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“The limits of my emoji are the limits of my world,” or so the creators of Eraserhead 2.0 would have their audiences believe. Directed by Victoria Moyer and performed by Katharina Schmidt, this SoLow Fest show at Philly Improv Theater is a tryingly facile riff on Austrian philosopher Ludwig Wittgenstein’s ideas about language, thought, and reality.
Regarded by many as the greatest philosopher of the 20th century, Wittgenstein argued that language restricts what can be known or even thought about the world around us. For Wittgenstein, the world as we know it is a collection of facts, which are propositions, which are ultimately sentences. “Whereof one cannot speak,” he famously wrote, “thereof one must be silent.”
Apparently the Eraserhead 2.0 team didn’t get the memo. Their show is an empty, misguided attempt to update Wittgenstein for the digital age. If language mediates reality, they ask, what does it mean that we have begun replacing language with emoji? The answer is, “I don’t care.”
When the audience entered the theater, YouTube Roulette was being projected onto a big screen. Random videos played for a while. Then the projection switched over to videos presumably been made or selected by the creative team.
At the performance I attended, the audience was treated to a few seconds of a goat screaming. This was far and away the highlight of the hour.
A performer entered bearing balloons Sharpied to resemble common emoji. The performer had an iPad where her face ought to be. (Those who attend for the David Lynch references will also be disappointed; the only allusions to Lynch’s Eraserhead come in the form of visual quotations briefly flashing across the performer’s iPad face.)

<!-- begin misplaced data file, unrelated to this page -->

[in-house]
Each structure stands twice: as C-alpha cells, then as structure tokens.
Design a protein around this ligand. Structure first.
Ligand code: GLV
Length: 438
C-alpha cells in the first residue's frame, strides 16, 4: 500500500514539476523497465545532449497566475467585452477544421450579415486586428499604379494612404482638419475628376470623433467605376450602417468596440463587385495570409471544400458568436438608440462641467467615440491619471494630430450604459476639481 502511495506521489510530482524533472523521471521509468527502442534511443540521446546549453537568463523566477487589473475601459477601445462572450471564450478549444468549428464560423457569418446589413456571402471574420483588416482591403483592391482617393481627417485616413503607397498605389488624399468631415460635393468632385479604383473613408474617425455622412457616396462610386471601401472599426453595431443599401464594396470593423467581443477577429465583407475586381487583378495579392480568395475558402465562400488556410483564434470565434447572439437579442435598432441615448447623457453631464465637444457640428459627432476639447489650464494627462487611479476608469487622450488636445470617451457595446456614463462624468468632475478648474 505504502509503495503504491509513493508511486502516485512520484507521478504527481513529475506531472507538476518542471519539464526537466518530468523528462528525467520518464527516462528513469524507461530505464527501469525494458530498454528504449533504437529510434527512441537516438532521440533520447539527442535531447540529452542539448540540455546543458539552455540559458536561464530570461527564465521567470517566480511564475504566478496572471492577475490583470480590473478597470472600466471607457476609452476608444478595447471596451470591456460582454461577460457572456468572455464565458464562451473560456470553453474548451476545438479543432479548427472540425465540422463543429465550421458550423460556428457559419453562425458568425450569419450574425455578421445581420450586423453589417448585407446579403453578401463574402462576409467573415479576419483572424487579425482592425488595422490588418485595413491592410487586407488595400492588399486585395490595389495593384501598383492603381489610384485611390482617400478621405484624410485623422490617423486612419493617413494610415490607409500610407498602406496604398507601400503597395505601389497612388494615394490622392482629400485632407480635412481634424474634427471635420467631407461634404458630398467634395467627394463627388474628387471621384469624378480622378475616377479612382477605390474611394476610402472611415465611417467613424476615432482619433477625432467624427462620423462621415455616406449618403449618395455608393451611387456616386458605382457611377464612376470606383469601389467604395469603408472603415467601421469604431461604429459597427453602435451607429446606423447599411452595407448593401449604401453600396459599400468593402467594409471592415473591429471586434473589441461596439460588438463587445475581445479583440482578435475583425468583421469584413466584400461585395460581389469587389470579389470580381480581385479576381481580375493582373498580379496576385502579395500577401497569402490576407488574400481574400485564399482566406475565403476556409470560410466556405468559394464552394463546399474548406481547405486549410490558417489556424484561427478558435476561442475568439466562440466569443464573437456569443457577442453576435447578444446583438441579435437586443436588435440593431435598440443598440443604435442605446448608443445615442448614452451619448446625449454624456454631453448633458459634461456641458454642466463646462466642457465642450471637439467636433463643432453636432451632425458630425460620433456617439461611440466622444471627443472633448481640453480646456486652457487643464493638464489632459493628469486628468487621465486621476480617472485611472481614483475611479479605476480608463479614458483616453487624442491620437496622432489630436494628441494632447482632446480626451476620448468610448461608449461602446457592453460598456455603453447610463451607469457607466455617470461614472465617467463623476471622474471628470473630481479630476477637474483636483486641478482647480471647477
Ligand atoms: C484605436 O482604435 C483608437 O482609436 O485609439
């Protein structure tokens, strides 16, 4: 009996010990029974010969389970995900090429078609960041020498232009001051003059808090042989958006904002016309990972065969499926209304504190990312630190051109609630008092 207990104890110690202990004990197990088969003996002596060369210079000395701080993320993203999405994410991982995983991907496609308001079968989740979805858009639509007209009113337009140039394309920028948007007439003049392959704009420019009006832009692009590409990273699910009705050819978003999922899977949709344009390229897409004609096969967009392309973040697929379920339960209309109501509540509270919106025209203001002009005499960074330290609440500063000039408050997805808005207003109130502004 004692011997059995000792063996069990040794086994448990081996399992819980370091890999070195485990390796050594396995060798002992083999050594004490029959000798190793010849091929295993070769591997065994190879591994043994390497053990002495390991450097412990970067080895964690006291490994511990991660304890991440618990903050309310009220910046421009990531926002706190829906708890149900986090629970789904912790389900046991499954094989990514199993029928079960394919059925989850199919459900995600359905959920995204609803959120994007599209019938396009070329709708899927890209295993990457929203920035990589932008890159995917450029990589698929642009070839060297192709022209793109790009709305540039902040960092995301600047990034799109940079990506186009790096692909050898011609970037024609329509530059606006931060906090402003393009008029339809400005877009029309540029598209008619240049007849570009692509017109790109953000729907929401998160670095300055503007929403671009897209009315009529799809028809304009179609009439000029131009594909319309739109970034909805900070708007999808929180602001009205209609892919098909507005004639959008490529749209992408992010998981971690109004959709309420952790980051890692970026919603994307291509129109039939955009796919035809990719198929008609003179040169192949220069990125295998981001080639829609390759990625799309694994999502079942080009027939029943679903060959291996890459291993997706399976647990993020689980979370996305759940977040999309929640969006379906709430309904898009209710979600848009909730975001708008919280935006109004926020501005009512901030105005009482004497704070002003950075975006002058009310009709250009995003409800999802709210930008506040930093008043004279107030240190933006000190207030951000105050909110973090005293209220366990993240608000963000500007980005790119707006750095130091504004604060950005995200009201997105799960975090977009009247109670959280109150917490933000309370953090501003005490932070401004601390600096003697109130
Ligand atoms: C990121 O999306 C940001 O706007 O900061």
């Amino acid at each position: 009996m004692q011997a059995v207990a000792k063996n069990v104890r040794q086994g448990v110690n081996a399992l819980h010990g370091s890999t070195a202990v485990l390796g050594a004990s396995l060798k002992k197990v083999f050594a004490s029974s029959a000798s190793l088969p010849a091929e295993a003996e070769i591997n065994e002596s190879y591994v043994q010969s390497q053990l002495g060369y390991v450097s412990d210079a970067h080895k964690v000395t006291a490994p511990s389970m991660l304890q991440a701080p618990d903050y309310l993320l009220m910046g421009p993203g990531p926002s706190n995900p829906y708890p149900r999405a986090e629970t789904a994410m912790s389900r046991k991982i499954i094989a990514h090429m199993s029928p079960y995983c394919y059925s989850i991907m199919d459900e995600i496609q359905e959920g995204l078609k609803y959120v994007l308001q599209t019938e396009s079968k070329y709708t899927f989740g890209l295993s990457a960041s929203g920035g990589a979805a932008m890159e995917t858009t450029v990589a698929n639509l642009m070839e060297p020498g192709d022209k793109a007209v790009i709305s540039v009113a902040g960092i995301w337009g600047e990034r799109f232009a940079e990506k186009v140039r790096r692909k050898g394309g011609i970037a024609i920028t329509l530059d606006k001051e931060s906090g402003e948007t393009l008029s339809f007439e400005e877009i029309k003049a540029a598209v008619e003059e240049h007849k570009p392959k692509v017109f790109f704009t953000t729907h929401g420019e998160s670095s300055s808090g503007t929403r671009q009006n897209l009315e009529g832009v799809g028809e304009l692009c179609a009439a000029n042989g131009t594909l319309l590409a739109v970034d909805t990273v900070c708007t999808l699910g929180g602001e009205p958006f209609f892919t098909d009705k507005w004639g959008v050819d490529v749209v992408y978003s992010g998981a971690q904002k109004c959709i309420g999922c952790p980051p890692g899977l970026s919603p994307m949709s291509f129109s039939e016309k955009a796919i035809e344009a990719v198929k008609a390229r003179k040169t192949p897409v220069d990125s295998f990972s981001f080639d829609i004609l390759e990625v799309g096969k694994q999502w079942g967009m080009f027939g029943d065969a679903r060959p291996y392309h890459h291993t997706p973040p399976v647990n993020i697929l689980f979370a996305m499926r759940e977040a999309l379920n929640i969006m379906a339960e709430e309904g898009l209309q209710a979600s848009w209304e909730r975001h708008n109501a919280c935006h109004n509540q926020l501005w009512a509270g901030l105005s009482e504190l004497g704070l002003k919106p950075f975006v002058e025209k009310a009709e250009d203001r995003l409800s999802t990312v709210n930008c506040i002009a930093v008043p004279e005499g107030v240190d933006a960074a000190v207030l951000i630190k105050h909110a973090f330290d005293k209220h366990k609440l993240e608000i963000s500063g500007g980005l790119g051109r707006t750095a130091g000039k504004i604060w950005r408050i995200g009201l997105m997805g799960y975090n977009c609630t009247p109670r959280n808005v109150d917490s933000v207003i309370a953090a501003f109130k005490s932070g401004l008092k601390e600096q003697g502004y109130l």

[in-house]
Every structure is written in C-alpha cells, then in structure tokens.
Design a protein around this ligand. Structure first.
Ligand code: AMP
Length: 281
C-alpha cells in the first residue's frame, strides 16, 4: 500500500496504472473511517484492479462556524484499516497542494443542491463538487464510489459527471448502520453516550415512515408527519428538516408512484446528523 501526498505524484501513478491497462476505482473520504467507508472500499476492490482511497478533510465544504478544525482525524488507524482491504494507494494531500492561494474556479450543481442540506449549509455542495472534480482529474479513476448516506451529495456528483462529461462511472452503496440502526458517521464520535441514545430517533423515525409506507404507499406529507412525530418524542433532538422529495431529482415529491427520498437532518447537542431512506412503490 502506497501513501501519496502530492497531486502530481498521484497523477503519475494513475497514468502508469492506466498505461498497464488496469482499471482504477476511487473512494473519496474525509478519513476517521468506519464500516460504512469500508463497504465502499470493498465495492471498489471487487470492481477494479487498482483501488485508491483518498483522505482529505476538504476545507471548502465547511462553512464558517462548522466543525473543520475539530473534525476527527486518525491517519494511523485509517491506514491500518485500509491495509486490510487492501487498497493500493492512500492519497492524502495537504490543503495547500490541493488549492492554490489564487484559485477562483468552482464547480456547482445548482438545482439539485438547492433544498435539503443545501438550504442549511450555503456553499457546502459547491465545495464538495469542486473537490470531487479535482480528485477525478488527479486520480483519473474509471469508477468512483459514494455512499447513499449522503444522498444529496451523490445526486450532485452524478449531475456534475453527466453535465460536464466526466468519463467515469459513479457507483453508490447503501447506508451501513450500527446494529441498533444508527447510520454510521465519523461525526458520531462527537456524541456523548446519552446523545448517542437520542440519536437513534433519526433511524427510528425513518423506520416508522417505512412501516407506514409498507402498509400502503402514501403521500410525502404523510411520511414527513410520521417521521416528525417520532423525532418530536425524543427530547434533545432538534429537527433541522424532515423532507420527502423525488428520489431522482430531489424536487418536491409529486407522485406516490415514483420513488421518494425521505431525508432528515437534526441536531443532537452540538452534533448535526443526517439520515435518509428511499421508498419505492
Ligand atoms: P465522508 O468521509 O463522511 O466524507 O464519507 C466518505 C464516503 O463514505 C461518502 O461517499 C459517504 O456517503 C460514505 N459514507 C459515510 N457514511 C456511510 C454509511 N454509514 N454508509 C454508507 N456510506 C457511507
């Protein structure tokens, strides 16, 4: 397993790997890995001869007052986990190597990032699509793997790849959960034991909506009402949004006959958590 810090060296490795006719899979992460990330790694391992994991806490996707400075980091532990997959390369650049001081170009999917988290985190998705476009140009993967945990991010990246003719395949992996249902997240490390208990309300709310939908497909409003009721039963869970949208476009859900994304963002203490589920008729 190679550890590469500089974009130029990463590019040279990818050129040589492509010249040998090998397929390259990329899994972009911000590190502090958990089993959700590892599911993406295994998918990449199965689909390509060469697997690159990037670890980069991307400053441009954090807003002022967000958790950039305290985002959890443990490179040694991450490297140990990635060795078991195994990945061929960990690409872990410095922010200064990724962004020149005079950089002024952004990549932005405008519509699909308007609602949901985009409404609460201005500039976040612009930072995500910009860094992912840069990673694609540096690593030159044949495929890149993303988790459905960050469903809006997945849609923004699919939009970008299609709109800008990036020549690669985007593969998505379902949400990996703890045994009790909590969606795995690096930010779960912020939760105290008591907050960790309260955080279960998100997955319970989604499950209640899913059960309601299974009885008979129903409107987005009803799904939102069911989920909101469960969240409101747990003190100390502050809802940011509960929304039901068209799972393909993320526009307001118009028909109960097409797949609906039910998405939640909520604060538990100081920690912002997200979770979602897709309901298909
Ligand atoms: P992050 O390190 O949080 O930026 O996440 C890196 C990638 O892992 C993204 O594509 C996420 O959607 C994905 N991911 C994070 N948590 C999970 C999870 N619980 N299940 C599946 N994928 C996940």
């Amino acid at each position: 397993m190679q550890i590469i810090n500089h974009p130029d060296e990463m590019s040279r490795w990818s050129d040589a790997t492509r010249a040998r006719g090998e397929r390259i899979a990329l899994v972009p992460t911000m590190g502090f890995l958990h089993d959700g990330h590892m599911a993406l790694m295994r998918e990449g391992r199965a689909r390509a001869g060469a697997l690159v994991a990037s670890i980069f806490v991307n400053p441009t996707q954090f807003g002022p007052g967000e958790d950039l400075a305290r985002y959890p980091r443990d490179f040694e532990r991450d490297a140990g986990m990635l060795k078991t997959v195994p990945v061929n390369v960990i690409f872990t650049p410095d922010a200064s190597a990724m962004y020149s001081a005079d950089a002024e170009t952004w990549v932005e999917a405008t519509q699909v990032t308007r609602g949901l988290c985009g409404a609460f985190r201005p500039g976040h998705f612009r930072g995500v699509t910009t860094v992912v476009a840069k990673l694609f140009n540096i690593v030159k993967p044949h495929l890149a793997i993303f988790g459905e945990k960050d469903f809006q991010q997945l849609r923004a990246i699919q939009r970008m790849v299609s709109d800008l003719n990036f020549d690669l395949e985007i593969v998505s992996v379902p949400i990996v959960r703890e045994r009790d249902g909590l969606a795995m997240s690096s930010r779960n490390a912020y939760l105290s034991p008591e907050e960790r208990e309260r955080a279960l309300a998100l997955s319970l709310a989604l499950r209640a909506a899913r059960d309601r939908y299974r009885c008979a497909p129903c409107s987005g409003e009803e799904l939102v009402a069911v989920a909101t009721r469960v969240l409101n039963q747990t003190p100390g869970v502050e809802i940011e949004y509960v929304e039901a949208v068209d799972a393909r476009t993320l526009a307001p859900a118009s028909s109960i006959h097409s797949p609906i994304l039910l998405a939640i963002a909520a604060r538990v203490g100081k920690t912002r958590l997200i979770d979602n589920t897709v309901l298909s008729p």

“It looks like you need an update,” said a computerized voice. The projection screen showed video of Philadelphians more indulgent than I complying with an unseen interlocutor’s request that they physically transform themselves into an emoji.
Next it was the audience’s turn. The performer approached spectators and called upon them to “become” various emoji. These little performances were captured on camera and simultaneously played on the screen of her iPad face, so spectators were forced to witness their own humiliation. I, for example, was a cherry blossom.
Lame performance art
After this experience, the audience were invited to use their phones to vote on inane questions. Which came first: chicken, egg, or primordial oneness? The audience were also invited to use their phones to “leave a comment” suggesting a new emoji.
At the performance I attended, “lame performance art” was declared the winning suggestion (and it wasn’t mine). Everyone laughed because it was true.
As things wound down, the performer fought some balloons and lost. Perhaps this was intended as a warning about the dire threat to humanity posed by emoji and other ostensibly delightful spherical things. But when the performer collapsed motionless on the floor and didn’t get up, Team Emoji won my allegiance.
Since Eraserhead 2.0 has no structure, it was not obvious when it was over. To solve this problem, the computerized voice told us, “Nothing else is going to happen.” As if something had happened.
What, When, Where
Eraserhead 2.0. By Victoria Moyer and Katharina Schmidt. SoLow Festival. Through June 23, 2018, at the Philly Improv Theater, SecondStage at the Adrienne, 2030 Sansom Street, Philadelphia. Phillyimprovtheater.com.
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